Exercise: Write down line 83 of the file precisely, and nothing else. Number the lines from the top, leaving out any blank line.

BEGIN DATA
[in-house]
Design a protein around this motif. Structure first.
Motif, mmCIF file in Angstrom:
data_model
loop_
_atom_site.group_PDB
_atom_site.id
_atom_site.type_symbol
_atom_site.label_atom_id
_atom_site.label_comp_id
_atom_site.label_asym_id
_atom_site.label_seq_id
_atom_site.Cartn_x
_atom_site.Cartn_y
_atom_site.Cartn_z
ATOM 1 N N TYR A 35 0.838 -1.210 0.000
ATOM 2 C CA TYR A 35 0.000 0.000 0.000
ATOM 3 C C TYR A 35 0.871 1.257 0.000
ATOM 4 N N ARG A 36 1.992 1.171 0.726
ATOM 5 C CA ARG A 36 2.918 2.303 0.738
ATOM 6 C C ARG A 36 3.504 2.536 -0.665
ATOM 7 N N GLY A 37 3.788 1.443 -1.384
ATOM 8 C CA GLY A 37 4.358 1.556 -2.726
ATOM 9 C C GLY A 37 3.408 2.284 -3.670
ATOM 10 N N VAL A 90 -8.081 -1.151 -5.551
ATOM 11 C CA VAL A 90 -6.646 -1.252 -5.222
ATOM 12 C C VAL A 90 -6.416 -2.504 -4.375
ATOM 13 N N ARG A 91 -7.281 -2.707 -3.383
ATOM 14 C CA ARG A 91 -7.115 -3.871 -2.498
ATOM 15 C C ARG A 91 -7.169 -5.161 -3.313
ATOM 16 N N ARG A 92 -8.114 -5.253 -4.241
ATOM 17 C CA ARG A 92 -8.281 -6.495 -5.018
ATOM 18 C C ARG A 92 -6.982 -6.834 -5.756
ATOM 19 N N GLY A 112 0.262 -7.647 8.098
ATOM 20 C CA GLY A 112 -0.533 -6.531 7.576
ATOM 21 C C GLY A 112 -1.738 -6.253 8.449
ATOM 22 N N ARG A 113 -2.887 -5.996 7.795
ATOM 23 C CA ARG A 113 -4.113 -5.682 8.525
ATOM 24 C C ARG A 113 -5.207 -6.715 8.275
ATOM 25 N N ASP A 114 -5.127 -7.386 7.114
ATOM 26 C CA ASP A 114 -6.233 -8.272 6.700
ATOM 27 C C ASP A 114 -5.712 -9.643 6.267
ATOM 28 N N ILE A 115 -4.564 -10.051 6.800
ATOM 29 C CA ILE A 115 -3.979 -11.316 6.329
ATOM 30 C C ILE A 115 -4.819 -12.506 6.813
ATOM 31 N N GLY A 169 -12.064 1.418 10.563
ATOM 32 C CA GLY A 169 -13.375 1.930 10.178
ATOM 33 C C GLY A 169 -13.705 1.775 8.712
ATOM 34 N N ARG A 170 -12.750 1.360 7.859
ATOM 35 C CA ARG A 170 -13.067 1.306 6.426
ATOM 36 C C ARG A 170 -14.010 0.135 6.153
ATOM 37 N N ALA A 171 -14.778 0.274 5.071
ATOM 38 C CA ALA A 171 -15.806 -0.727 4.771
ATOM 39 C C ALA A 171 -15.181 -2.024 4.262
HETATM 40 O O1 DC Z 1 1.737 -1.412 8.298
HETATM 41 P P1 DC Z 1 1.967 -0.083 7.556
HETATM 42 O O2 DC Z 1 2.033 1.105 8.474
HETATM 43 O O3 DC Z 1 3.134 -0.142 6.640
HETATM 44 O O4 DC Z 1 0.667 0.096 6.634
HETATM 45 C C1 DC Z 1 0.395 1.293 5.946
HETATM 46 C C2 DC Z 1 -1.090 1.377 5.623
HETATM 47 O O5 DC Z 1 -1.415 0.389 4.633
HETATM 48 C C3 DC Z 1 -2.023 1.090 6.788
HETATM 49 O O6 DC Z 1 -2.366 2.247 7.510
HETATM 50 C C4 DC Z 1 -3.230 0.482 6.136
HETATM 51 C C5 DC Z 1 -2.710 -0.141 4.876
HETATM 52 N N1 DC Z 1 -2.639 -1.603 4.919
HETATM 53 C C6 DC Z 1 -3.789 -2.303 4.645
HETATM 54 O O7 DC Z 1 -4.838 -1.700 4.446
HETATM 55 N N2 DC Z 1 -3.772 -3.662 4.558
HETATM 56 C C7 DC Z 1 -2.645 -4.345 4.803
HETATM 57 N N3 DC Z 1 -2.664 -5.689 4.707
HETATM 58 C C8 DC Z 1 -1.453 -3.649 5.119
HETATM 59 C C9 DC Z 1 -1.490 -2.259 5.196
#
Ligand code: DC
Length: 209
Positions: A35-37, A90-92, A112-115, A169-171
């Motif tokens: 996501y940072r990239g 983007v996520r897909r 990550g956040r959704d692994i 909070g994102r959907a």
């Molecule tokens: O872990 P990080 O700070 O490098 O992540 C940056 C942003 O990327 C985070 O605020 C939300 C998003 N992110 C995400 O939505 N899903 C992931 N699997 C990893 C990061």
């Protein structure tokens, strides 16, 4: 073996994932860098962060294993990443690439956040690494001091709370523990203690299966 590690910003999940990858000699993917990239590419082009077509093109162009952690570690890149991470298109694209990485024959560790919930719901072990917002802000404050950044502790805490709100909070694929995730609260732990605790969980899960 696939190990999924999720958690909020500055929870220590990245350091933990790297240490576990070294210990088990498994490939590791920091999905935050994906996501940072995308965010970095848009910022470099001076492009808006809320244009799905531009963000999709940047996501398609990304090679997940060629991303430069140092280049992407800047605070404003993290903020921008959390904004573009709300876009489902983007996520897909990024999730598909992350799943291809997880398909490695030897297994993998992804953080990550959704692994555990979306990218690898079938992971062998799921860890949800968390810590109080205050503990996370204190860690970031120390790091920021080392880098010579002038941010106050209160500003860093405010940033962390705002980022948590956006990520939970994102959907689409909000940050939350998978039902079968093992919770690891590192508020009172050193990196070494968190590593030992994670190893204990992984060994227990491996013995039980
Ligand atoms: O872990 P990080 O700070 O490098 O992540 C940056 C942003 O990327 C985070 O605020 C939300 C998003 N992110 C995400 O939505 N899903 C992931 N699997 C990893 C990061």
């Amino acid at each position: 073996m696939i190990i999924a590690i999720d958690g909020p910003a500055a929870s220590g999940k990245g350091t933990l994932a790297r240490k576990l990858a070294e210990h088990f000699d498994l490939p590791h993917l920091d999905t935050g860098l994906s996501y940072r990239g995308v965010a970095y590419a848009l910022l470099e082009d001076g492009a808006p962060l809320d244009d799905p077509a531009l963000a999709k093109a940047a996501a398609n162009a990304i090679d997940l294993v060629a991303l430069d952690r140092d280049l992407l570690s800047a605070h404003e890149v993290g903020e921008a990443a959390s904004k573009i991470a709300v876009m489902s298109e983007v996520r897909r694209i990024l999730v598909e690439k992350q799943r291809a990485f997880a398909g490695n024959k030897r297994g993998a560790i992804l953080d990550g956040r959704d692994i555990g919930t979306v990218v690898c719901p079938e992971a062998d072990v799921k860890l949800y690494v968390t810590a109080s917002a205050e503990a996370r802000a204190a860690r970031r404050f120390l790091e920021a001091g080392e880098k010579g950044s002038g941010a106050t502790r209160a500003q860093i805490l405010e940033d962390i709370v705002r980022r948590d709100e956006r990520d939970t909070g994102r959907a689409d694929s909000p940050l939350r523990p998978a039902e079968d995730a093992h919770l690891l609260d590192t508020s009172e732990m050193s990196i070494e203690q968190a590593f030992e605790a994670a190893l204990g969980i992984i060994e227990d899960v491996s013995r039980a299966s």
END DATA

């Amino acid at each position: 073996m696939i190990i999924a590690i999720d958690g909020p910003a500055a929870s220590g999940k990245g350091t933990l994932a790297r240490k576990l990858a070294e210990h088990f000699d498994l490939p590791h993917l920091d999905t935050g860098l994906s996501y940072r990239g995308v965010a970095y590419a848009l910022l470099e082009d001076g492009a808006p962060l809320d244009d799905p077509a531009l963000a999709k093109a940047a996501a398609n162009a990304i090679d997940l294993v060629a991303l430069d952690r140092d280049l992407l570690s800047a605070h404003e890149v993290g903020e921008a990443a959390s904004k573009i991470a709300v876009m489902s298109e983007v996520r897909r694209i990024l999730v598909e690439k992350q799943r291809a990485f997880a398909g490695n024959k030897r297994g993998a560790i992804l953080d990550g956040r959704d692994i555990g919930t979306v990218v690898c719901p079938e992971a062998d072990v799921k860890l949800y690494v968390t810590a109080s917002a205050e503990a996370r802000a204190a860690r970031r404050f120390l790091e920021a001091g080392e880098k010579g950044s002038g941010a106050t502790r209160a500003q860093i805490l405010e940033d962390i709370v705002r980022r948590d709100e956006r990520d939970t909070g994102r959907a689409d694929s909000p940050l939350r523990p998978a039902e079968d995730a093992h919770l690891l609260d590192t508020s009172e732990m050193s990196i070494e203690q968190a590593f030992e605790a994670a190893l204990g969980i992984i060994e227990d899960v491996s013995r039980a299966s």